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Seattle Children's develops 'safety huddle' to reduce sports concussions

A team at Seattle Children's is working on a program to reduce sports injuries and, most importantly, concussions.

No matter the season, there are always sports for your child to play. On top of worrying about schedules and transportation to practice, many parents worry about their child's safety, too. So do doctors at Seattle Children's leading a new study on child sports safety.

Kids love highly active sports, but that usually means high-impact. A team at Seattle Children's is working on a program with "safety huddles" to reduce sports injuries and, most importantly, concussions.

"Our goal is to create this culture shift that leads to kids being willing to report their concussion, to come out of play, and get appropriate medical care," says Dr. Emily Kroshus, Research Assistant Professor in the Department of Pediatrics.

Dr. Kroshus explains that about half of all kids keep playing after concussion for at least some amount of time. Some never tell anyone, some keep pushing through until the end of the game. With a game like soccer, a concussion can come from anywhere: getting hit in the head, knocked out by another player or getting hit by a ground ball.

So researchers have put together a new and carefully scripted speech for game referees to read to players, parents, and coaches. The pre-game safety huddle addresses both sportsmanship and the importance of removing an athlete from the game if they might have a concussion.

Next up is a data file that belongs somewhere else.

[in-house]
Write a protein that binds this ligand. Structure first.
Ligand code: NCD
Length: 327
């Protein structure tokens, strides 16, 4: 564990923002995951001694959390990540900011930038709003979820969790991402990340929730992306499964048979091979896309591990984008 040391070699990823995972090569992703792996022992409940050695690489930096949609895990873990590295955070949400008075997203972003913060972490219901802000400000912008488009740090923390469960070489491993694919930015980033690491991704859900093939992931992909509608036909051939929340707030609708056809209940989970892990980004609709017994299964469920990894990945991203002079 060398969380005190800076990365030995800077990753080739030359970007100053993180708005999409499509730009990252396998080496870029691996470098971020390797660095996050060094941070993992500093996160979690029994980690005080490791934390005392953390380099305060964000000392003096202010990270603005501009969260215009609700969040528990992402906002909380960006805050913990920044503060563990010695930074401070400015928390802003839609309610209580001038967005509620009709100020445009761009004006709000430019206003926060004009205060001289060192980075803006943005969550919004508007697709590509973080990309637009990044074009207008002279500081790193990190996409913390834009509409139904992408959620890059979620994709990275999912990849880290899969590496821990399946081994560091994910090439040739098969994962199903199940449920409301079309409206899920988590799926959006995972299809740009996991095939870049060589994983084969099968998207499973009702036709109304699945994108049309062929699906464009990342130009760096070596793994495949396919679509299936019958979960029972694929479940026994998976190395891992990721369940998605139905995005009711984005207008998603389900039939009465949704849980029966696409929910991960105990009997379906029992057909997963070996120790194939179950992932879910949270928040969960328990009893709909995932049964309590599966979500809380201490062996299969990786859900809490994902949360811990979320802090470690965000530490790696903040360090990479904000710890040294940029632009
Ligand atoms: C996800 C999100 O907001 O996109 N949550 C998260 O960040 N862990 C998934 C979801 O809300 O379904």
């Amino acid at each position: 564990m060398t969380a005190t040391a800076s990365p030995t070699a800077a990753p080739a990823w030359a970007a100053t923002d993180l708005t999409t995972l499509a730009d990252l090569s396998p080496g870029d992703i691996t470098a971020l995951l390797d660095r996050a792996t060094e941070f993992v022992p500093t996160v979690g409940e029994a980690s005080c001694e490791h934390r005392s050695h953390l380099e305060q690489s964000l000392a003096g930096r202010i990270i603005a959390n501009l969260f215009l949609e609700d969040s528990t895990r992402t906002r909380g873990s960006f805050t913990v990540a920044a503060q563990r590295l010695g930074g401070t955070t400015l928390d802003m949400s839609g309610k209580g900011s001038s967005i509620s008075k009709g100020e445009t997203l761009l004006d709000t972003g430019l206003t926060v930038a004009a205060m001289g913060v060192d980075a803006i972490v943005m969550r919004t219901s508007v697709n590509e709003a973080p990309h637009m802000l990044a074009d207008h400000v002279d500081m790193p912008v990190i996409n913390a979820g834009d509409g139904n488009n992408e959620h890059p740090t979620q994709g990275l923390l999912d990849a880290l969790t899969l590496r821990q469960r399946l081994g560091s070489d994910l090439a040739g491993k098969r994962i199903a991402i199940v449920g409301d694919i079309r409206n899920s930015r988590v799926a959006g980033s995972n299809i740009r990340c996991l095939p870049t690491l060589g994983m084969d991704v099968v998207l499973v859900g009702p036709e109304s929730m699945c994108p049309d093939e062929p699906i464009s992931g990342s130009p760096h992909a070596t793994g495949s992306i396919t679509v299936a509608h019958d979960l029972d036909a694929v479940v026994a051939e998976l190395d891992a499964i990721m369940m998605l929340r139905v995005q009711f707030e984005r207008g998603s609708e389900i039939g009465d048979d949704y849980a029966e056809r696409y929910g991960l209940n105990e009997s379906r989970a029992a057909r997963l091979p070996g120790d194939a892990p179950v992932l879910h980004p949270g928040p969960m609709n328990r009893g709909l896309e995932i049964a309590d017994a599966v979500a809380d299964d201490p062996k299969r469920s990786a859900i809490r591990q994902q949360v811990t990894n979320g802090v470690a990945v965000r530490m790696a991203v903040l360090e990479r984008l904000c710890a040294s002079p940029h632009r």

"Ultimately, I think it's on the coaches. Coaches have to protect their players, we have to make the tough decisions. When we see a player hurt, we must do the right things to follow suit with the program and follow directives and protect our players," says Coach Emily Cole, Eastside FC Reign.

Bottom line, if a child's head gets hit, make sure the athlete leaves the playing field and gets checked out. Continuing to play with a concussion can make it worse.

Dr. Emily Kroshus, and Dr. Sara Chrisman are leading a study called "One Team" at Seattle Children's, funded by a $1.6 million grant from the Center for Disease Control and Prevention. One Team is being implemented among children ages 9 to 13 in youth football and soccer leagues both here in Puget Sound region and in southern Georgia. The first year of the trial will focus on refining the program — then will move onto a year-long randomized controlled trial evaluating outcomes in sportsmanship and playing with concussive symptoms.

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